Stephanie Clifford-Smith

Shaun Presland at home with his children Sebastian, 8, and Sascha, 6. Click for more photos

Kitchen spy: Shaun Presland

Shaun Presland at home with his children Sebastian, 8, and Sascha, 6. Photo: Edwina Pickles

  • Shaun Presland at home with his children Sebastian, 8, and Sascha, 6.
  • My chopping board is nice and solid. I prefer chopping on wood to plastic.
  • My sous-vide machine is a whole lot easier than using a little pan on the stove to get perfect temperatures.
  • My rice cooker has seen me through 15 years, it still has its Japanese adaptor.
  • Secret vice: Licorice bullets. I limit myself to one small pack per week.
  • I love my teas, all kinds, and I like to make my own blends. At the moment I'm mixing rose and pomegranate teas.
  • There's always quinoa in the cupboard. It cooks faster than rice.
  • I mix sour cream with chilli sauce and put it on fish instead of tartare sauce.
  • I got addicted to habanero chillis in the Bahamas.
  • I regularly refer to the condensed kitchen handbook of Modernist Cuisine by Nathan Myhrvold.
  • The book I go to time and again is Japanese Cooking: A Simple Art by Shizuo Tsuji, which is very traditional.
  • Roasted dandelion and vanilla tea. Shaun says that any time's a good time for tea.

Shaun Presland did his chef's apprenticeship in the Army Reserve, which may have prepped him well for running  Sake restaurants in three states, but his sushi skills were learnt in more sophisticated surrounds — working in Tokyo, at Sydney's Unkai and for Nobu Matsuhisa (twice). His success belies earlier struggles. Though he has a business degree, Presland, 41, found self-employment — running a failing catering business that sold pumpkin soup to Hooters — wasn't for him. The father of two (Sebastian, 8, and Sascha, 6) lives with his girlfriend and now focuses on what he does best — sushi with a contemporary twist.

Most memorable meal

It was probably the first time I went to Tetsuya's in the late 1990s. I was working at Unkai, the sushi bar at the top of the ANA Hotel, and hearing all the hype about it from customers. I saved up and had lunch because it was cheaper than dinner. It was amazing. Everything I was expecting came true. It was the first time I'd had a preconception of how good something could be, and I wasn't let down.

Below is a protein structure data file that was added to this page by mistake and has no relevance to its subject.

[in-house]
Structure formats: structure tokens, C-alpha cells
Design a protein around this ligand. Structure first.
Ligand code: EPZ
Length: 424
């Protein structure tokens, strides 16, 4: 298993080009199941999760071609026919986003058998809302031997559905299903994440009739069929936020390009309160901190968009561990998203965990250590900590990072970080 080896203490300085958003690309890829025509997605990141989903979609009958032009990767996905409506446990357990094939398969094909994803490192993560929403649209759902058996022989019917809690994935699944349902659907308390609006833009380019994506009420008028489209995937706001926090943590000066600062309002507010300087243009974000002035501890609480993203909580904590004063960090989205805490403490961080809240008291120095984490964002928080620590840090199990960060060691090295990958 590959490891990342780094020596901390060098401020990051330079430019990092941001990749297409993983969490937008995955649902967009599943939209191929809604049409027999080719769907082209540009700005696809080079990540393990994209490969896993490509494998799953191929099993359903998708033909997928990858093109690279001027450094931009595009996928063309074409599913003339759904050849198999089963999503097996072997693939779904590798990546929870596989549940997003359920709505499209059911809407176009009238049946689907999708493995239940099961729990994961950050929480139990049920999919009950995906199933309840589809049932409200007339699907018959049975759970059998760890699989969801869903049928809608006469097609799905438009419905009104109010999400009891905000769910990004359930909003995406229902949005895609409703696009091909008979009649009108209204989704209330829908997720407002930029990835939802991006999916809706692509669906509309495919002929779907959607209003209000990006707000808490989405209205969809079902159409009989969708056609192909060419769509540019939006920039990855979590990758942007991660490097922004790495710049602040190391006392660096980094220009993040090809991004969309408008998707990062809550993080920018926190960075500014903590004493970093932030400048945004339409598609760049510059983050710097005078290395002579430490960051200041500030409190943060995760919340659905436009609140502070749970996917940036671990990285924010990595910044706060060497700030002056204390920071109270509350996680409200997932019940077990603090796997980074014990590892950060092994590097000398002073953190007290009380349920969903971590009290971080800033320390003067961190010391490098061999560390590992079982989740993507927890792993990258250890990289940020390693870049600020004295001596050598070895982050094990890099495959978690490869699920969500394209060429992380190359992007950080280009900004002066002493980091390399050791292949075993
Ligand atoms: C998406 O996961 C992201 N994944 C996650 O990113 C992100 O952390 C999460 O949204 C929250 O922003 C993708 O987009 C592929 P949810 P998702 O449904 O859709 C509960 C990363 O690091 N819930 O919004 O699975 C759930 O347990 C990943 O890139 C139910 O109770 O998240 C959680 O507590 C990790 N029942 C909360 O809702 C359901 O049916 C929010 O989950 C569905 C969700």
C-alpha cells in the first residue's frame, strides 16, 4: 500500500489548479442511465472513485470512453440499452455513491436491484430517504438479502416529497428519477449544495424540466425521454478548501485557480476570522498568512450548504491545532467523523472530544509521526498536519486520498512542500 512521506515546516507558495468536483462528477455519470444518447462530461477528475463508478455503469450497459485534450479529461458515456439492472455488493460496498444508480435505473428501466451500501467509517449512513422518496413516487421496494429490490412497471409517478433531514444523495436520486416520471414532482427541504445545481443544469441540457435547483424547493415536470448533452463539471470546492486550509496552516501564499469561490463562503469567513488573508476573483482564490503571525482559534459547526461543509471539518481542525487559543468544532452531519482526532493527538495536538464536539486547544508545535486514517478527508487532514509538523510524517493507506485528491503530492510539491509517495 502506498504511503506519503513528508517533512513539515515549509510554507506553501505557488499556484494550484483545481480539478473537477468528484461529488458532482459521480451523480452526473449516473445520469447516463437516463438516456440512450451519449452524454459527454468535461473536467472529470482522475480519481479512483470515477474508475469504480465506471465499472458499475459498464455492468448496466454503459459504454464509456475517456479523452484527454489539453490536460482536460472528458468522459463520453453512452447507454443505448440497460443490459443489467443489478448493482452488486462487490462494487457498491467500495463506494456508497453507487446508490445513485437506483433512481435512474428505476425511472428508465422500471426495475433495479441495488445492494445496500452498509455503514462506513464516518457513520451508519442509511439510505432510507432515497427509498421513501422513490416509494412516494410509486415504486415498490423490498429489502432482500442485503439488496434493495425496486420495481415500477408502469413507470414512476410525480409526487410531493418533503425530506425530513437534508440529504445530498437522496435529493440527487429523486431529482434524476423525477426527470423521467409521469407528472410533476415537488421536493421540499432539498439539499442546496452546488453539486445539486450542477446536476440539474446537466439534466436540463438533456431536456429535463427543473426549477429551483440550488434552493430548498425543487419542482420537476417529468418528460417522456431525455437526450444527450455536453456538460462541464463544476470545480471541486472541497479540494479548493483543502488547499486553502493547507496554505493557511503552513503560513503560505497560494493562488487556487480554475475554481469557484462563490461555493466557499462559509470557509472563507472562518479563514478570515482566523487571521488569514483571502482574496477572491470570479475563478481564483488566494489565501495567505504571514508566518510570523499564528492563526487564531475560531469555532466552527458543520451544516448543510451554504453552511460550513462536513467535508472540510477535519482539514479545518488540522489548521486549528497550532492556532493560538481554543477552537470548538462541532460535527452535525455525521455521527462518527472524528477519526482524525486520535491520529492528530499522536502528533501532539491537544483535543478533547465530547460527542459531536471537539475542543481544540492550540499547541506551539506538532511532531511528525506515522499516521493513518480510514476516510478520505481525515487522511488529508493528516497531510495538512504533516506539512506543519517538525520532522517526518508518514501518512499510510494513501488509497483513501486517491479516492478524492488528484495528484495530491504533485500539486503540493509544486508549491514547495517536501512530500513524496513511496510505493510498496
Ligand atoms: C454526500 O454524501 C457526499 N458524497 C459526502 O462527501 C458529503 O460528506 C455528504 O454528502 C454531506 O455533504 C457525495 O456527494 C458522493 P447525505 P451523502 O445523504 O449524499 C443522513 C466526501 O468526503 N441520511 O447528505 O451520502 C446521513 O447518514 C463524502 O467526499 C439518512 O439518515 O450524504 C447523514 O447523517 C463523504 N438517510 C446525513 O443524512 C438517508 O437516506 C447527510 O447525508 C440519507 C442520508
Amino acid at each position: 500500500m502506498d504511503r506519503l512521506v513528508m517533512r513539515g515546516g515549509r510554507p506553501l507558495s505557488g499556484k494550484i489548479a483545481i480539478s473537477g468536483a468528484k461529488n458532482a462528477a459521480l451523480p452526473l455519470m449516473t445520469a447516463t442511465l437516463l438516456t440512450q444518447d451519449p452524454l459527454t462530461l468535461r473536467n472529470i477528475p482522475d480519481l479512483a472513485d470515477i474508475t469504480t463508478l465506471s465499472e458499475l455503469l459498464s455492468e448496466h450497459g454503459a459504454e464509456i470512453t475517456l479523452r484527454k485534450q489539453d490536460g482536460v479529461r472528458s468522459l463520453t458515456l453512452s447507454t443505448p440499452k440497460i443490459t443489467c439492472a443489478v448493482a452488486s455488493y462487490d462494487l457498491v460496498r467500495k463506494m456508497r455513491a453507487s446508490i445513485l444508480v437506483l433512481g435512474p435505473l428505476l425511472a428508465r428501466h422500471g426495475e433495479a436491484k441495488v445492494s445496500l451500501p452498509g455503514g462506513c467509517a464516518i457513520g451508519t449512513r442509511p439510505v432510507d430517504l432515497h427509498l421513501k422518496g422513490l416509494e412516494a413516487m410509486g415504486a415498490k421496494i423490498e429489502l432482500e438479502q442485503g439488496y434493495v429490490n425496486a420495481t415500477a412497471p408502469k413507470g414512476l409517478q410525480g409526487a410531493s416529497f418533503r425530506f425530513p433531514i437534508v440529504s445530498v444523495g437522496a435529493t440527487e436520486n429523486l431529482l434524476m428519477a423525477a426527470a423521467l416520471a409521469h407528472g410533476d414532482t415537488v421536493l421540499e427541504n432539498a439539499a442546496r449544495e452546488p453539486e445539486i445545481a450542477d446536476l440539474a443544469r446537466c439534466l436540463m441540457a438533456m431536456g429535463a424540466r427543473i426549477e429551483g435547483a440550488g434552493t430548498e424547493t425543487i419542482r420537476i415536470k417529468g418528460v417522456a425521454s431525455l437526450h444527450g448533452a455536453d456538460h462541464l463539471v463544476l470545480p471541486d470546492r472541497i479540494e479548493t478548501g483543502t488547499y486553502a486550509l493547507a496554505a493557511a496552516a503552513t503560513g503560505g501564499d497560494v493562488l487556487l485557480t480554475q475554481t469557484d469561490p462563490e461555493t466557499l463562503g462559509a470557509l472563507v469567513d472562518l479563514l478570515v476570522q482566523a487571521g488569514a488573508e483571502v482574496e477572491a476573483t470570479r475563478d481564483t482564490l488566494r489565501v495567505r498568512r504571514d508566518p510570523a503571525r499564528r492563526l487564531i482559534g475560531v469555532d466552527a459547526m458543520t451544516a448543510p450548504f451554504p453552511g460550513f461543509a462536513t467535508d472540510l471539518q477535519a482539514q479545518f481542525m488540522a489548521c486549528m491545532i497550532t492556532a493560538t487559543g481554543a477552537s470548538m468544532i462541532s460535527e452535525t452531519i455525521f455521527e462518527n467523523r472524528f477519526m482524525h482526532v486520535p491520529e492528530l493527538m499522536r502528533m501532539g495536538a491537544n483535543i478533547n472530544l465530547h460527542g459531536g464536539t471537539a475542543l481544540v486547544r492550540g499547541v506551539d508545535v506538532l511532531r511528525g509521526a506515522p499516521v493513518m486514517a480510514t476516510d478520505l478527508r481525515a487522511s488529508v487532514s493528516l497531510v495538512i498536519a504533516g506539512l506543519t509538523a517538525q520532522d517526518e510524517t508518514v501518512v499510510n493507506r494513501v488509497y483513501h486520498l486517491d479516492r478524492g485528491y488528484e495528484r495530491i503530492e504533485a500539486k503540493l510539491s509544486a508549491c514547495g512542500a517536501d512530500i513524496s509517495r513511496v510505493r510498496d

I'm cooking

Last dinner at home We had a barbecue; vegetable skewers with tofu, quinoa cooked in kombu dashi, prime rib steaks for the kids and salmon for me, which I cooked sous-vide then finished on the barbie for a bit of char.

Secret vice Liquorice bullets. I limit myself to one small pack a week.

I'm drinking

If I drink coffee it's only instant, for the caffeine. I have two shakes from the jar, hot water and soy milk. I love my teas, all kinds, and I like to make my own blends. At the moment I'm mixing rose and pomegranate teas.

Saturday night tipple A cup of tea. Any time's a good time for a cup of tea.

The staples

My pantry There's always quinoa in the cupboard. It cooks faster than rice. Baked beans are a regular standby for the kids, for me. Manuka honey for pouring over Greek yoghurt. Roasted dandelion and vanilla tea, it got me sober three years ago. My fridge: I swear by kombu dashi, it's a seaweed stock and a really good vegetarian substitute for chicken stock. Medjool dates, which are my version of fun-size Mars bars. I'm eating Hopkins River beef at the moment; they're happy cows. I mix sour cream with chilli sauce (below) and put it on fish instead of tartare sauce. I got addicted to habanero chillies in the Bahamas.

My toolkit

My sous-vide machine is a whole lot easier than using a little pan on the stove to get perfect temperatures. The rice cooker has seen me through 15 years, it still has its Japanese adaptor. Global knives, I'm sold on these now. I use handmade carbon steel knives at work so I was doubtful about these but they're nice and light, thin and stay sharp for ages. There's a Mundial knife I shaved off to make one-sided in 1995.

Favourite My chopping board is nice and solid. I prefer chopping on wood to plastic.

Inspiration

The River Cottage programs on the LifeStyle channel; I really like Hugh Fearnley-Whittingstall. The book I go to time and again is Japanese Cooking: A Simple Art by Shizuo Tsuji, which is very traditional. And I regularly refer to the kitchen handbook of Modernist Cuisine by Nathan Myhrvold, which is a condensed version of a big set with just the recipes and ratios.